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What actually happens when I buy a house?

A house purchase is probably one of the largest purchases we will ever make in our lives, but do you actually understand the process that happens when you buy a property?

The first step in buying a house would be to instruct a solicitor; you will need a solicitor to complete the legal process of buying a property and to register the property in your name following completion. If you would like an estimate with regard to buying (or selling) a property, please send an email to [email protected] and we will be able to provide you with a tailored estimate.

One you have instructed a solicitor, the solicitor will contact you to confirm your instructions, request copies of your identification documents and payment of a small sum of money on account in order to request searches etc.

Once the initial steps are completed and the file is open, the seller of the property will provide your solicitor with a contract and initial papers. Your solicitor will then thoroughly review these and raise enquiries on the contents of the papers and on the title of the property; these usually involve requesting copies of further documents, building regulations and planning permissions. Once the search results have been received, these will also be reviewed to ensure there are no adverse entries and further enquiries will be raised.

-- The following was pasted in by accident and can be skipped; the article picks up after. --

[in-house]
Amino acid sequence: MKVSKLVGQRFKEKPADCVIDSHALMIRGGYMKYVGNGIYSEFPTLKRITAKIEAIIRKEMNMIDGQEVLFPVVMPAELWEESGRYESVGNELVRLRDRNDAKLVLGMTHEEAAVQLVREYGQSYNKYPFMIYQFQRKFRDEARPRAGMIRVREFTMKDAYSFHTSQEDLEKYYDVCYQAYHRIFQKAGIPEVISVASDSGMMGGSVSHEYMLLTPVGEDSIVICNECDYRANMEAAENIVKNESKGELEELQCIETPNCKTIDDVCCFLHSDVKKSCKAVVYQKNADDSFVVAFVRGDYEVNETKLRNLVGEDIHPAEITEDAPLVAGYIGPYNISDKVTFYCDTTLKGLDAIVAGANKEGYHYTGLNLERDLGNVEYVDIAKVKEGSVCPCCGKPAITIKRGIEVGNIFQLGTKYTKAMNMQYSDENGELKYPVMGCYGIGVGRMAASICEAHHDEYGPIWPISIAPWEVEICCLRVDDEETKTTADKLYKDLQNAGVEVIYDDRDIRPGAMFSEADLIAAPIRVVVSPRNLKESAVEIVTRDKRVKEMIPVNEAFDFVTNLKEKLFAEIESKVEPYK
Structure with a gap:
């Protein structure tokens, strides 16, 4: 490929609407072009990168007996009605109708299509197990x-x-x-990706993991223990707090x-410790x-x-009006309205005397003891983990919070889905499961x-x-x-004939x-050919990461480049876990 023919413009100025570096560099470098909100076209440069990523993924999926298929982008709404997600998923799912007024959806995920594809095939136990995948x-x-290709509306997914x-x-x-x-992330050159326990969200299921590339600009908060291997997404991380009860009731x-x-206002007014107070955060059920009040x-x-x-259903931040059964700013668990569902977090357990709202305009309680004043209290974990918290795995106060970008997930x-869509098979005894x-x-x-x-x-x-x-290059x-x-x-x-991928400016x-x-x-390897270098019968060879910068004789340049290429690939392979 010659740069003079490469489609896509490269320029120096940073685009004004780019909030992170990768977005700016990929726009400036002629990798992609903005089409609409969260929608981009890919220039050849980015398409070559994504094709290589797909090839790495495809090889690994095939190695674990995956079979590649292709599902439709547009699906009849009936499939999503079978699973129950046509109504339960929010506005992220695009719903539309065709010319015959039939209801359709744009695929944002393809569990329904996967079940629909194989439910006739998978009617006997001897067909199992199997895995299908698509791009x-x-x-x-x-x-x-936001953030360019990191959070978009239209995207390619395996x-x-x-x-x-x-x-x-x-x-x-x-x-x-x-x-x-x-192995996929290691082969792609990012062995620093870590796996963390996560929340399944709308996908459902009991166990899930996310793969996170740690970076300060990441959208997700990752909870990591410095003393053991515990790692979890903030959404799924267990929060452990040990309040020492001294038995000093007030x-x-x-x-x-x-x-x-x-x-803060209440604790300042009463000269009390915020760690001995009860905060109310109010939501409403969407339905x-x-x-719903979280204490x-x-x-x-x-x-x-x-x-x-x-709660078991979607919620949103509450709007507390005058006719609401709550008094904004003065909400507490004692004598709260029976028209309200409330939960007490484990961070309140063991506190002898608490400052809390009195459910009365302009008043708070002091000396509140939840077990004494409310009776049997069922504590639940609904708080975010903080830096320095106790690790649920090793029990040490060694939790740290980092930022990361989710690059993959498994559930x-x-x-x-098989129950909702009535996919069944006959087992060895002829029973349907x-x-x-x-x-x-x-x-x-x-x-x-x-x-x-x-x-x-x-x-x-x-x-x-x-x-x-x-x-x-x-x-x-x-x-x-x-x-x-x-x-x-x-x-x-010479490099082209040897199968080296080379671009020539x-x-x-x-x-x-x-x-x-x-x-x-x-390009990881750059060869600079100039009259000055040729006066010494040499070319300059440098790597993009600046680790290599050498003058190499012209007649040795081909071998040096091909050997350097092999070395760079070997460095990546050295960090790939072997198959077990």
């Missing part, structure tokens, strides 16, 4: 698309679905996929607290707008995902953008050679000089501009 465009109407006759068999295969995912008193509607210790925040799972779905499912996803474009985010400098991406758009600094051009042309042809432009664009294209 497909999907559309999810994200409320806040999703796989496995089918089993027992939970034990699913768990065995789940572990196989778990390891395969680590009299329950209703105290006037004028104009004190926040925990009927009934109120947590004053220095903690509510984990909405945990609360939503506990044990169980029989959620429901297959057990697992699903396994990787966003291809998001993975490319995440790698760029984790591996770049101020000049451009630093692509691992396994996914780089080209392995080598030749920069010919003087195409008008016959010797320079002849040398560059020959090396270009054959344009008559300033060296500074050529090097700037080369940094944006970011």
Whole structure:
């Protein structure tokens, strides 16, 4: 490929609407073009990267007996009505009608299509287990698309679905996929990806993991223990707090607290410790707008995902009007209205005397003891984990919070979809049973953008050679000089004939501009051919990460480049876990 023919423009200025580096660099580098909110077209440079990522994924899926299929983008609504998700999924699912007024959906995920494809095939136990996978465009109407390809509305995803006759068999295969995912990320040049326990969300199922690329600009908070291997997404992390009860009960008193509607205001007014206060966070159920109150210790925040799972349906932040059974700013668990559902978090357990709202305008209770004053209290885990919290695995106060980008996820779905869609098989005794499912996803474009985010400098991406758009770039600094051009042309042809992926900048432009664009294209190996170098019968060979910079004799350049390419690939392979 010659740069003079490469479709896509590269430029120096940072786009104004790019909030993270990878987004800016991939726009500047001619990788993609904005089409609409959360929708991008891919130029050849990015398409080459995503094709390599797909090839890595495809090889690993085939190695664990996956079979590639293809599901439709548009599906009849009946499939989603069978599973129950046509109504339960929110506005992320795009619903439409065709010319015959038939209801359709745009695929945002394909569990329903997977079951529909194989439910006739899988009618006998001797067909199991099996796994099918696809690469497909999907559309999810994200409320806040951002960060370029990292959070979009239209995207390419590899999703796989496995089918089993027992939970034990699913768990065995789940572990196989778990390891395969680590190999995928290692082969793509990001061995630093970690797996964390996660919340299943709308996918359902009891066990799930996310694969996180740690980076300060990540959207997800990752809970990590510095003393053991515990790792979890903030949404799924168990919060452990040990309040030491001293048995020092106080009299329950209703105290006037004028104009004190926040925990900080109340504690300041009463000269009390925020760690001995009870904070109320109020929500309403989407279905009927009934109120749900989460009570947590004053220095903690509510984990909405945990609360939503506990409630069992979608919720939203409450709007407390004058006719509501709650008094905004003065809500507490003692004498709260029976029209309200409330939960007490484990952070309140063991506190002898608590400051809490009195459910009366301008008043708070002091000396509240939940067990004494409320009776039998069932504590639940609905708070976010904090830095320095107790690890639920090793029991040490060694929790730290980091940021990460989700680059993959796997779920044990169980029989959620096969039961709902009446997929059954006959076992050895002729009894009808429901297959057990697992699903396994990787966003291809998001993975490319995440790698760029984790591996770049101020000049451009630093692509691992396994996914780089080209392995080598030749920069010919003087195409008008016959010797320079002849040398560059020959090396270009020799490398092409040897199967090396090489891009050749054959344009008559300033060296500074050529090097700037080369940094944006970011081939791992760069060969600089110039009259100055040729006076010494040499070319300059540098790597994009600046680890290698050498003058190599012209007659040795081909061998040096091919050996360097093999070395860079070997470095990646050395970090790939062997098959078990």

At this time, your lender (if you have one) will usually provide a copy of your mortgage offer for your solicitor to review. Your solicitor will compile for you, a report on the contents of your mortgage offer and advise you of any conditions or clauses of which you need to be aware. The report will often include a copy of your mortgage deed, which you will be invited to sign and return.

Once your mortgage offer is agreed, enquiries have been dealt with and all search results have been received and reviewed, your solicitor will compile a report on title for you. This document (which is often very long) will provide an overview of the whole transaction and advise you of anything you need to be aware of with regard to the purchase of the property.